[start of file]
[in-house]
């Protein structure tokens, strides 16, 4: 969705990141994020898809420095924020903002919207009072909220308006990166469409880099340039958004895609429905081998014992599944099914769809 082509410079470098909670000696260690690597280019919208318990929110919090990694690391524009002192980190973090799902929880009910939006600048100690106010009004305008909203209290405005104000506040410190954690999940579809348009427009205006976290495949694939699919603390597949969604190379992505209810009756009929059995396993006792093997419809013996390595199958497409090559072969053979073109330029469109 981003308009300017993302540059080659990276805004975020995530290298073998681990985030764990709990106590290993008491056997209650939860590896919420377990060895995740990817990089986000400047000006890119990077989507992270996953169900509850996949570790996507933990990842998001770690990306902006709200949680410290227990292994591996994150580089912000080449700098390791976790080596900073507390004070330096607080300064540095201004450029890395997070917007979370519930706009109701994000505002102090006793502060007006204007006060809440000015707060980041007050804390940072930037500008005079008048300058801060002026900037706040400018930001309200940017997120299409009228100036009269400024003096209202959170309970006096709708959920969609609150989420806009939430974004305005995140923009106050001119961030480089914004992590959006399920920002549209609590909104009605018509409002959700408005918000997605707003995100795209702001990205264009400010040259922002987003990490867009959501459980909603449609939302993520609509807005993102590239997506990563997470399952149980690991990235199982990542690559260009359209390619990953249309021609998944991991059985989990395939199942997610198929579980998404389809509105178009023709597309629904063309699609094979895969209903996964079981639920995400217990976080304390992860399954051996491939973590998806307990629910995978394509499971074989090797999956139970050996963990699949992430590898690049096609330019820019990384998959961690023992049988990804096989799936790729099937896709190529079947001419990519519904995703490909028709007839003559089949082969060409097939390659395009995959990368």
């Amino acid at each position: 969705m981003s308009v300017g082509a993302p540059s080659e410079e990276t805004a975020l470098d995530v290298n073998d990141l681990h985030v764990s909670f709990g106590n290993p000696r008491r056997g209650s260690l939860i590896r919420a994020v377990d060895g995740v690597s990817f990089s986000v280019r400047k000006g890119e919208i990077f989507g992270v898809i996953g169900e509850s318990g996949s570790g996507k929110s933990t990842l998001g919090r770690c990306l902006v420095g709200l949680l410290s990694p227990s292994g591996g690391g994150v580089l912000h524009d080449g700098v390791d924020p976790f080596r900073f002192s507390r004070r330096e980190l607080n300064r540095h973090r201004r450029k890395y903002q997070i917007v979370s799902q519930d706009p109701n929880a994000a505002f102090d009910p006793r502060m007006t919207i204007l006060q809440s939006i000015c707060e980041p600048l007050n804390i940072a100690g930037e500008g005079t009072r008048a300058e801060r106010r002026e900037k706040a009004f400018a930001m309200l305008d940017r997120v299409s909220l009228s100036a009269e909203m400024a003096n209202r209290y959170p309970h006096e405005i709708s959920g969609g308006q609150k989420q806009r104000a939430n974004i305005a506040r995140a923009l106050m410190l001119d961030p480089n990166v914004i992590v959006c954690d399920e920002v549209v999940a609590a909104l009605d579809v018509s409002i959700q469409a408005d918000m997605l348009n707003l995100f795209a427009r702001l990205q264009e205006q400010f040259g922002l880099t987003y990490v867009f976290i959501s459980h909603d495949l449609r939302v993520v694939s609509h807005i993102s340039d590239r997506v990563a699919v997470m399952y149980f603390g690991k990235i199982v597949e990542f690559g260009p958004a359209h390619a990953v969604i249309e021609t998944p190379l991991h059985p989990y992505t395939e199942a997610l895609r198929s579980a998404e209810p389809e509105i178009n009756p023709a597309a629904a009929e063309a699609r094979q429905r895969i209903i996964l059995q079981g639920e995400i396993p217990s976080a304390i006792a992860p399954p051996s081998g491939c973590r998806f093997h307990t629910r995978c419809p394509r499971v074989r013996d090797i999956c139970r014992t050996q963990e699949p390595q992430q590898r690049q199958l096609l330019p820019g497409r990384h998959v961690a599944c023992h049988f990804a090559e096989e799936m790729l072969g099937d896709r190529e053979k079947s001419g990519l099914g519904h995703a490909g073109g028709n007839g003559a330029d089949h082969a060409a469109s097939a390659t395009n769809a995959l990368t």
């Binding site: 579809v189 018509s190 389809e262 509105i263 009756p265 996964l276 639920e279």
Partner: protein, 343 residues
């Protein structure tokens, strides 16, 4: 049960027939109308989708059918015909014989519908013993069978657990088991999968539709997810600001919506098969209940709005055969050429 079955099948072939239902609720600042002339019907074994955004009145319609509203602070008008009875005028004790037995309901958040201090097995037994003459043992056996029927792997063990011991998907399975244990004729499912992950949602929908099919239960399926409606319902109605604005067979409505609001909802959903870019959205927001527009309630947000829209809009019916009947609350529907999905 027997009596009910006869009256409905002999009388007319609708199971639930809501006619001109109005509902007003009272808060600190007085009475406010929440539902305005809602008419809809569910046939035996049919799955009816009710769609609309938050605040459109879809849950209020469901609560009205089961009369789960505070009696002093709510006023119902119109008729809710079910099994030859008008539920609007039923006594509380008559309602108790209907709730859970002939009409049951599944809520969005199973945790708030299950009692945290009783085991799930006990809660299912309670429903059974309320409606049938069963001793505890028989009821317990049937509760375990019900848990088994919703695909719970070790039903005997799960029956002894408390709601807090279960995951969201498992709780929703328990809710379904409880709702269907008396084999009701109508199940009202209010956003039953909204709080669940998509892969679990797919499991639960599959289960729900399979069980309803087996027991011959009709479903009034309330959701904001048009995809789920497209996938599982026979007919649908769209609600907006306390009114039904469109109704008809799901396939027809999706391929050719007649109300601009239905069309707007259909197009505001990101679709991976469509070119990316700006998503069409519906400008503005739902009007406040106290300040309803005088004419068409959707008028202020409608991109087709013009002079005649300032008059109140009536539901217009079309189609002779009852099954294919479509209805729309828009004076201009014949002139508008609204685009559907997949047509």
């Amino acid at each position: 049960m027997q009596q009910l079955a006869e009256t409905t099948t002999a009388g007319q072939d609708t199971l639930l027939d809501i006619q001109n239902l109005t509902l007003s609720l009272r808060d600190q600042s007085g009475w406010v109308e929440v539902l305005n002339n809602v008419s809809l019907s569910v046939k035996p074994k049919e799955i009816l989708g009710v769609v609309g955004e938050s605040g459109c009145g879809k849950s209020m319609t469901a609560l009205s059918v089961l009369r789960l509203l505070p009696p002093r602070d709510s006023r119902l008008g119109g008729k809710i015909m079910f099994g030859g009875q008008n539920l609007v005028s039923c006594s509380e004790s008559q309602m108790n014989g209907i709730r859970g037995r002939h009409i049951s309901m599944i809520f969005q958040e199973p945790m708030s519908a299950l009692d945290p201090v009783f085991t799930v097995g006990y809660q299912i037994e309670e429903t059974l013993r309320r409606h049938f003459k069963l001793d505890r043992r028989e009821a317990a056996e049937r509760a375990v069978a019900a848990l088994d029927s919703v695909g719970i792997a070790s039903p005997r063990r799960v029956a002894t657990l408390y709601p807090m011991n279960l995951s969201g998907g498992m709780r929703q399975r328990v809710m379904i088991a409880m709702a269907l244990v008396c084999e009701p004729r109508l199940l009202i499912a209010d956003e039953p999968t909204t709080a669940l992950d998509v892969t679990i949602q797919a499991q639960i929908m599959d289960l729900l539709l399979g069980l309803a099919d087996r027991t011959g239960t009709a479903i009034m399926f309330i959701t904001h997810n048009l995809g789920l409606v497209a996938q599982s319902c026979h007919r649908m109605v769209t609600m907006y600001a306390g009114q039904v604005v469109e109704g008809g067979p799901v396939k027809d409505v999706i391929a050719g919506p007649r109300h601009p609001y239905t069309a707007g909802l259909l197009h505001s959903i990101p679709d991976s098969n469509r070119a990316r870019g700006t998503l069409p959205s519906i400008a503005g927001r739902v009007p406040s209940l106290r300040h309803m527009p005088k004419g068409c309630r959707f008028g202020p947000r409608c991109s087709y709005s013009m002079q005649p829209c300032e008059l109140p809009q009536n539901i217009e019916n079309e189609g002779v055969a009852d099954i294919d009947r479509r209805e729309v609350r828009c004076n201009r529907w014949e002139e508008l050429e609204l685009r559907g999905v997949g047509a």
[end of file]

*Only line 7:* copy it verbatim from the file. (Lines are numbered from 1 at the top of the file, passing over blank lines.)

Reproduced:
């Amino acid at each position: 049960m027997q009596q009910l079955a006869e009256t409905t099948t002999a009388g007319q072939d609708t199971l639930l027939d809501i006619q001109n239902l109005t509902l007003s609720l009272r808060d600190q600042s007085g009475w406010v109308e929440v539902l305005n002339n809602v008419s809809l019907s569910v046939k035996p074994k049919e799955i009816l989708g009710v769609v609309g955004e938050s605040g459109c009145g879809k849950s209020m319609t469901a609560l009205s059918v089961l009369r789960l509203l505070p009696p002093r602070d709510s006023r119902l008008g119109g008729k809710i015909m079910f099994g030859g009875q008008n539920l609007v005028s039923c006594s509380e004790s008559q309602m108790n014989g209907i709730r859970g037995r002939h009409i049951s309901m599944i809520f969005q958040e199973p945790m708030s519908a299950l009692d945290p201090v009783f085991t799930v097995g006990y809660q299912i037994e309670e429903t059974l013993r309320r409606h049938f003459k069963l001793d505890r043992r028989e009821a317990a056996e049937r509760a375990v069978a019900a848990l088994d029927s919703v695909g719970i792997a070790s039903p005997r063990r799960v029956a002894t657990l408390y709601p807090m011991n279960l995951s969201g998907g498992m709780r929703q399975r328990v809710m379904i088991a409880m709702a269907l244990v008396c084999e009701p004729r109508l199940l009202i499912a209010d956003e039953p999968t909204t709080a669940l992950d998509v892969t679990i949602q797919a499991q639960i929908m599959d289960l729900l539709l399979g069980l309803a099919d087996r027991t011959g239960t009709a479903i009034m399926f309330i959701t904001h997810n048009l995809g789920l409606v497209a996938q599982s319902c026979h007919r649908m109605v769209t609600m907006y600001a306390g009114q039904v604005v469109e109704g008809g067979p799901v396939k027809d409505v999706i391929a050719g919506p007649r109300h601009p609001y239905t069309a707007g909802l259909l197009h505001s959903i990101p679709d991976s098969n469509r070119a990316r870019g700006t998503l069409p959205s519906i400008a503005g927001r739902v009007p406040s209940l106290r300040h309803m527009p005088k004419g068409c309630r959707f008028g202020p947000r409608c991109s087709y709005s013009m002079q005649p829209c300032e008059l109140p809009q009536n539901i217009e019916n079309e189609g002779v055969a009852d099954i294919d009947r479509r209805e729309v609350r828009c004076n201009r529907w014949e002139e508008l050429e609204l685009r559907g999905v997949g047509a």